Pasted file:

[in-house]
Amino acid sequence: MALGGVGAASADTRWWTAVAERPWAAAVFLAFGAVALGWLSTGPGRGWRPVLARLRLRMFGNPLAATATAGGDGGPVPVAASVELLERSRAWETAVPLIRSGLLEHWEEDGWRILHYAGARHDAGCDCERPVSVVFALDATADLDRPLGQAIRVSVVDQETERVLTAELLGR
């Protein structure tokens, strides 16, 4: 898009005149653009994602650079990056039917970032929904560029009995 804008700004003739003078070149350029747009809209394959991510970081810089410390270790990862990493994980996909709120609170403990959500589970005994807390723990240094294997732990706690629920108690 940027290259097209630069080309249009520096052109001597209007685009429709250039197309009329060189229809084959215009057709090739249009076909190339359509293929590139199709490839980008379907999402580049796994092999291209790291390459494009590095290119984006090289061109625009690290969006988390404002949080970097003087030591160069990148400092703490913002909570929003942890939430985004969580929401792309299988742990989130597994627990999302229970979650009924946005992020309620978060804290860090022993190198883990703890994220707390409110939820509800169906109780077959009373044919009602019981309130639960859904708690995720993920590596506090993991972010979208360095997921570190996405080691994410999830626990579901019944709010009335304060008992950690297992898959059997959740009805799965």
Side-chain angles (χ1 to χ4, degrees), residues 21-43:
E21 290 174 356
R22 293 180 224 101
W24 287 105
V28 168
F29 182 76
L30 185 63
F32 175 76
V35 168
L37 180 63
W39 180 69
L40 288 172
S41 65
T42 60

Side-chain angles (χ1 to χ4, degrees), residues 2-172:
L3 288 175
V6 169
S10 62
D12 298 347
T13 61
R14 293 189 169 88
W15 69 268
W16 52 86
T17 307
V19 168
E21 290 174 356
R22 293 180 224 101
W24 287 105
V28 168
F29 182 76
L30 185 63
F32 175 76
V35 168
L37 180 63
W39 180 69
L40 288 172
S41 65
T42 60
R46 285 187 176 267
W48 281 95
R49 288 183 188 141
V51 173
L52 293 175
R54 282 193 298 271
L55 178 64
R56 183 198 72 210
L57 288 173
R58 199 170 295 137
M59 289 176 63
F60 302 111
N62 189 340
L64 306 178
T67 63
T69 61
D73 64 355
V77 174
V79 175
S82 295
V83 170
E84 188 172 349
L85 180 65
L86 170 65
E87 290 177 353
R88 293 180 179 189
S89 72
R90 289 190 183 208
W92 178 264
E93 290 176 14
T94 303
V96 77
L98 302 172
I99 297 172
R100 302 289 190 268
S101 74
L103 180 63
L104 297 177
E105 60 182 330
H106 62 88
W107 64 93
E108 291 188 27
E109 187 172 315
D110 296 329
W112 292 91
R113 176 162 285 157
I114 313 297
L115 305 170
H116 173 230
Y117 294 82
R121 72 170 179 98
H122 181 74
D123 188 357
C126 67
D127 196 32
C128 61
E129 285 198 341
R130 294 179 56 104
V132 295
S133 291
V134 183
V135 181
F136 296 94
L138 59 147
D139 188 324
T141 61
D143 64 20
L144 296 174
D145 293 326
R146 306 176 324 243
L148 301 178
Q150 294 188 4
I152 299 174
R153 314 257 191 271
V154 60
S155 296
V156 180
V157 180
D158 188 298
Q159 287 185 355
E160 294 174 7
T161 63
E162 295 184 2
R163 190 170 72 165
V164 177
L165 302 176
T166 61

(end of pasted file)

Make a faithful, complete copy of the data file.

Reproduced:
[in-house]
Amino acid sequence: MALGGVGAASADTRWWTAVAERPWAAAVFLAFGAVALGWLSTGPGRGWRPVLARLRLRMFGNPLAATATAGGDGGPVPVAASVELLERSRAWETAVPLIRSGLLEHWEEDGWRILHYAGARHDAGCDCERPVSVVFALDATADLDRPLGQAIRVSVVDQETERVLTAELLGR
């Protein structure tokens, strides 16, 4: 898009005149653009994602650079990056039917970032929904560029009995 804008700004003739003078070149350029747009809209394959991510970081810089410390270790990862990493994980996909709120609170403990959500589970005994807390723990240094294997732990706690629920108690 940027290259097209630069080309249009520096052109001597209007685009429709250039197309009329060189229809084959215009057709090739249009076909190339359509293929590139199709490839980008379907999402580049796994092999291209790291390459494009590095290119984006090289061109625009690290969006988390404002949080970097003087030591160069990148400092703490913002909570929003942890939430985004969580929401792309299988742990989130597994627990999302229970979650009924946005992020309620978060804290860090022993190198883990703890994220707390409110939820509800169906109780077959009373044919009602019981309130639960859904708690995720993920590596506090993991972010979208360095997921570190996405080691994410999830626990579901019944709010009335304060008992950690297992898959059997959740009805799965």
Side-chain angles (χ1 to χ4, degrees), residues 21-43:
E21 290 174 356
R22 293 180 224 101
W24 287 105
V28 168
F29 182 76
L30 185 63
F32 175 76
V35 168
L37 180 63
W39 180 69
L40 288 172
S41 65
T42 60

Side-chain angles (χ1 to χ4, degrees), residues 2-172:
L3 288 175
V6 169
S10 62
D12 298 347
T13 61
R14 293 189 169 88
W15 69 268
W16 52 86
T17 307
V19 168
E21 290 174 356
R22 293 180 224 101
W24 287 105
V28 168
F29 182 76
L30 185 63
F32 175 76
V35 168
L37 180 63
W39 180 69
L40 288 172
S41 65
T42 60
R46 285 187 176 267
W48 281 95
R49 288 183 188 141
V51 173
L52 293 175
R54 282 193 298 271
L55 178 64
R56 183 198 72 210
L57 288 173
R58 199 170 295 137
M59 289 176 63
F60 302 111
N62 189 340
L64 306 178
T67 63
T69 61
D73 64 355
V77 174
V79 175
S82 295
V83 170
E84 188 172 349
L85 180 65
L86 170 65
E87 290 177 353
R88 293 180 179 189
S89 72
R90 289 190 183 208
W92 178 264
E93 290 176 14
T94 303
V96 77
L98 302 172
I99 297 172
R100 302 289 190 268
S101 74
L103 180 63
L104 297 177
E105 60 182 330
H106 62 88
W107 64 93
E108 291 188 27
E109 187 172 315
D110 296 329
W112 292 91
R113 176 162 285 157
I114 313 297
L115 305 170
H116 173 230
Y117 294 82
R121 72 170 179 98
H122 181 74
D123 188 357
C126 67
D127 196 32
C128 61
E129 285 198 341
R130 294 179 56 104
V132 295
S133 291
V134 183
V135 181
F136 296 94
L138 59 147
D139 188 324
T141 61
D143 64 20
L144 296 174
D145 293 326
R146 306 176 324 243
L148 301 178
Q150 294 188 4
I152 299 174
R153 314 257 191 271
V154 60
S155 296
V156 180
V157 180
D158 188 298
Q159 287 185 355
E160 294 174 7
T161 63
E162 295 184 2
R163 190 170 72 165
V164 177
L165 302 176
T166 61